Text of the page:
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The Berkeley Beacon

Emerson College’s only independent, student-run newspaper since 1947

The Berkeley Beacon

Emerson College’s only independent, student-run newspaper since 1947

The Berkeley Beacon

Sales over songs: What’s up with undercover musicals?

Molly Boyke
Illustration Molly Boyke

Opinion editors are not responsible for agreeing or disagreeing with their writers but rather elevate each individual’s specific voice.

You are sitting down to watch a movie in theaters. Based on the trailer, you have a good feeling on the tone and how the movie will go. But then all of a sudden, you are watching the main character break into a “High School Musical”–esque sequence in the middle of a Safari. Casual viewers were bound to be taken back by “Mean Girls” (2024) being a musical as the trailer had very little hints.

The “Mean Girls” musical component was no shock for me as I had been a fan of the Broadway musical adaptation. Fans of the original 2004 “Mean Girls,” however, might not be as enthusiastic about the musical change-up, not realizing the movie was an adaptation of the musical rather than the original film—and this may not have been due to inattentiveness.  

You can’t really blame the fans for not knowing—although, the title did have a music note in the “A.” The only clips in the trailer hinting that the movie is a musical are when Regina sings “My Name is Regina George” and a short clip of choreography. Yes, there are elements to hint that it’s a musical, but the advertisement team for the new “Mean Girls” (2024) did the absolute most to imply the film is a musical adaptation without saying it outright. 

The same marketing failure was seen with “Wonka” (2023). 

“If you knew nothing about [‘Wonka’ (2023)] aside from what you saw in the previews, you would be a bit surprised when, in the opening seconds of the film, [Timothée Chalamet’s] Willy Wonka climbed the mast of a ship and started singing his emaciated little heart out,” said Bulwark+ culture editor Sonny Bunch.

When watching the “Wonka trailer, the advertisement team seemingly hid from viewers the musical aspect, showing no music other than the classic Oompa Loompa song.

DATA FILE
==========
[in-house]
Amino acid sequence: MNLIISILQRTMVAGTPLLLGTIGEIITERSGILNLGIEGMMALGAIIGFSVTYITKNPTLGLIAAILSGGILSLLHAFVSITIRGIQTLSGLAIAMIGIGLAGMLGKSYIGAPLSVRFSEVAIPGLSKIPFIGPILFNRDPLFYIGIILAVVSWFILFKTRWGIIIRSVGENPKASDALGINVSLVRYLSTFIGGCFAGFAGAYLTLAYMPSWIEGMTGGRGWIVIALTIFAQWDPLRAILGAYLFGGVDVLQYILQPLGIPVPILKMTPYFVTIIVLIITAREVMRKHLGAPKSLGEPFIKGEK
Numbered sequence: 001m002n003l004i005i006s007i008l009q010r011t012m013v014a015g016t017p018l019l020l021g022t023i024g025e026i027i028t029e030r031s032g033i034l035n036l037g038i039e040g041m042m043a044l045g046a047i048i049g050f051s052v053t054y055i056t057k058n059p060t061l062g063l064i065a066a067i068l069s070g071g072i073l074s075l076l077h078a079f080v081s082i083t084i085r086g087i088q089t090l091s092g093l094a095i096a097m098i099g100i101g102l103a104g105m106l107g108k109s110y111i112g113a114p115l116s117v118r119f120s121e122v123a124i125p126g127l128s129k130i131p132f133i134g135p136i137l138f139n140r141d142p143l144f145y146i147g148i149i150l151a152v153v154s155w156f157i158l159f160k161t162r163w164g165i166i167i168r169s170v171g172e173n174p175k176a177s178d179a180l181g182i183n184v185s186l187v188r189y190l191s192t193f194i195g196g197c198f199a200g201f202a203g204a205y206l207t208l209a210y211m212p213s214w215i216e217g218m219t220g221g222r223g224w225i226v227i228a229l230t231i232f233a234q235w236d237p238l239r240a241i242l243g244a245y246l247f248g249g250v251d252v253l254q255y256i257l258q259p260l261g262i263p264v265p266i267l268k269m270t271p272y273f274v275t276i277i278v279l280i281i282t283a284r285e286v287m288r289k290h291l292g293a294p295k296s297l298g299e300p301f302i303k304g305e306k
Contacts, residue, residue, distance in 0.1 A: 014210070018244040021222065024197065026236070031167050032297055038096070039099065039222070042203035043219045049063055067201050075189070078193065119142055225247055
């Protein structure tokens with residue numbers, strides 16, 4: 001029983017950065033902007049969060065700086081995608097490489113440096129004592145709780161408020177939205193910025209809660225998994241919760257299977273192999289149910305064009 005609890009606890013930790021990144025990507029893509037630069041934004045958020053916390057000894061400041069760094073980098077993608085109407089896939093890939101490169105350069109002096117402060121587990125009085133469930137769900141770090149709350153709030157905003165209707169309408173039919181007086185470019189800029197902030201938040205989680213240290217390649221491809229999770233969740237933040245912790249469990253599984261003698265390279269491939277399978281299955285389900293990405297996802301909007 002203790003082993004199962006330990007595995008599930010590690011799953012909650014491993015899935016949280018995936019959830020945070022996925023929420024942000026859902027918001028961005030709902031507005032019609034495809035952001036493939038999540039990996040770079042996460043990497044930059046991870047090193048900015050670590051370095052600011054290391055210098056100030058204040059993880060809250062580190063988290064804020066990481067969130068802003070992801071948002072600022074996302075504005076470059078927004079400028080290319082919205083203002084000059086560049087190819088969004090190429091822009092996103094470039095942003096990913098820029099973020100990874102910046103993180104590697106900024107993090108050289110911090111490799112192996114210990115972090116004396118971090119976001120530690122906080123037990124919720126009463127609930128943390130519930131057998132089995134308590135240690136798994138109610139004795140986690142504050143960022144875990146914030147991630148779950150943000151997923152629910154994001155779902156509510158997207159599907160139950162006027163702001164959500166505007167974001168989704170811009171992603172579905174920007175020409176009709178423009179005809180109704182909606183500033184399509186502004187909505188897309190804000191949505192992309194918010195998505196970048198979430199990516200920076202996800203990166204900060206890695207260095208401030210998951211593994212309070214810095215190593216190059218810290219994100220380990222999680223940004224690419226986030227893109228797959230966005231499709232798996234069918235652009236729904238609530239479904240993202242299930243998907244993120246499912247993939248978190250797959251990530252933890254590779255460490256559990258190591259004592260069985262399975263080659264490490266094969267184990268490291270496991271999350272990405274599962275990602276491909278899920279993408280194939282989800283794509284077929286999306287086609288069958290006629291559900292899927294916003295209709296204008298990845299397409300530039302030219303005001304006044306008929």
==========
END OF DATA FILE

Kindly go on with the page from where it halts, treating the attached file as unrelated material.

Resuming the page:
When asked about the advertisements for “Mean Girls” (2024), Marc Weinstock, Paramount’s president of global marketing told Variety, “We didn’t want to run out and say it’s a musical because people tend to treat musicals differently. This movie is a broad comedy with music … it appeals to a larger audience.” 

Weinstock explains that in the trailers of other movie musicals, like “Wonka” (2023) and “The Color Purple” (2023), they don’t explicitly reveal it’s a musical either. He says that audiences treat musicals differently, but this “different treatment” may stem from the marketing failure of the movie in the first place. 

Why are we acting like musical movies can’t be successful? Have we forgotten about “The Greatest Showman,” “Mamma Mia!,” “A Star is Born,” and “La La Land”? What about classics such as “The Sound of Music” and “The Wizard of Oz”? Musical movies are nothing new, so why is this genre being outcasted, as if they aren’t profitable? 

To say that the new “Mean Girls” (2024) is simply a “broad comedy with music” is beating around the bush. According to the Merriam-Webster Dictionary, a musical can be used to describe anything “relating to music,” so dismissing what genre a movie is will not change that these are being falsely advertised to their audiences on purpose to seduce a larger audience. 

The sole purpose of this misdirection is to fill seats in a theater and get box office numbers up. Studios are setting movies up for failure. Trailers and advertisements should reflect what the movie actually is so the right audience is brought to the table to enjoy the movie.  

Studios must stop sacrificing the craft of filmmaking in favor of maximum sales. It’s not embarrassing to produce musical movies if they find the right audiences. It has been evident in the past that movie musicals have been successful in Hollywood time and time again, proving that, if given a chance, there is an audience for these films.

So next time, let’s do better than a single music note in the title.

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